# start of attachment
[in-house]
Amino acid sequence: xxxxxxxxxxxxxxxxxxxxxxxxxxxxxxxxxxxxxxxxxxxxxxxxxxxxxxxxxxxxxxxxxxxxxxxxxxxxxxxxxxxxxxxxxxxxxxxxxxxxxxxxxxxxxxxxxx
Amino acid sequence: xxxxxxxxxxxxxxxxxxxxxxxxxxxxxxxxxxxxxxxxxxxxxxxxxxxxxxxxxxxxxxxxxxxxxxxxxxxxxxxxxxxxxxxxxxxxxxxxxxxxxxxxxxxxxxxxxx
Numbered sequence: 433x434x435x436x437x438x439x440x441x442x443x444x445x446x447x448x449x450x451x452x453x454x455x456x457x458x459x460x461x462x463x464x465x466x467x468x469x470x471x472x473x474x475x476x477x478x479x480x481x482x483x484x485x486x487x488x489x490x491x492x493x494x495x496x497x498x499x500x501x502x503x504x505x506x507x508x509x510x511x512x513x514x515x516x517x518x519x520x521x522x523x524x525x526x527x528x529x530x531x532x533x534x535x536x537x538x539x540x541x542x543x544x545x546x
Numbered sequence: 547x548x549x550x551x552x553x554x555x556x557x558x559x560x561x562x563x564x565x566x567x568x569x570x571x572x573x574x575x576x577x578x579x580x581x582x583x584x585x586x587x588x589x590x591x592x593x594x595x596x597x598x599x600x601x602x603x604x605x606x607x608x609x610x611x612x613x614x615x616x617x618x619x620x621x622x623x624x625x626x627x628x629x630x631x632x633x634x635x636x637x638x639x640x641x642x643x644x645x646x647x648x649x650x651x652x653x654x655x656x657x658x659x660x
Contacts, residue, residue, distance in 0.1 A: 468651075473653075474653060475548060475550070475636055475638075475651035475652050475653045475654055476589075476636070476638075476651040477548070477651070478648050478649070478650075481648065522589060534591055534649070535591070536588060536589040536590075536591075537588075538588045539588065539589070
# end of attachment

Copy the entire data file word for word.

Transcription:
[in-house]
Amino acid sequence: xxxxxxxxxxxxxxxxxxxxxxxxxxxxxxxxxxxxxxxxxxxxxxxxxxxxxxxxxxxxxxxxxxxxxxxxxxxxxxxxxxxxxxxxxxxxxxxxxxxxxxxxxxxxxxxxxx
Amino acid sequence: xxxxxxxxxxxxxxxxxxxxxxxxxxxxxxxxxxxxxxxxxxxxxxxxxxxxxxxxxxxxxxxxxxxxxxxxxxxxxxxxxxxxxxxxxxxxxxxxxxxxxxxxxxxxxxxxxx
Numbered sequence: 433x434x435x436x437x438x439x440x441x442x443x444x445x446x447x448x449x450x451x452x453x454x455x456x457x458x459x460x461x462x463x464x465x466x467x468x469x470x471x472x473x474x475x476x477x478x479x480x481x482x483x484x485x486x487x488x489x490x491x492x493x494x495x496x497x498x499x500x501x502x503x504x505x506x507x508x509x510x511x512x513x514x515x516x517x518x519x520x521x522x523x524x525x526x527x528x529x530x531x532x533x534x535x536x537x538x539x540x541x542x543x544x545x546x
Numbered sequence: 547x548x549x550x551x552x553x554x555x556x557x558x559x560x561x562x563x564x565x566x567x568x569x570x571x572x573x574x575x576x577x578x579x580x581x582x583x584x585x586x587x588x589x590x591x592x593x594x595x596x597x598x599x600x601x602x603x604x605x606x607x608x609x610x611x612x613x614x615x616x617x618x619x620x621x622x623x624x625x626x627x628x629x630x631x632x633x634x635x636x637x638x639x640x641x642x643x644x645x646x647x648x649x650x651x652x653x654x655x656x657x658x659x660x
Contacts, residue, residue, distance in 0.1 A: 468651075473653075474653060475548060475550070475636055475638075475651035475652050475653045475654055476589075476636070476638075476651040477548070477651070478648050478649070478650075481648065522589060534591055534649070535591070536588060536589040536590075536591075537588075538588045539588065539589070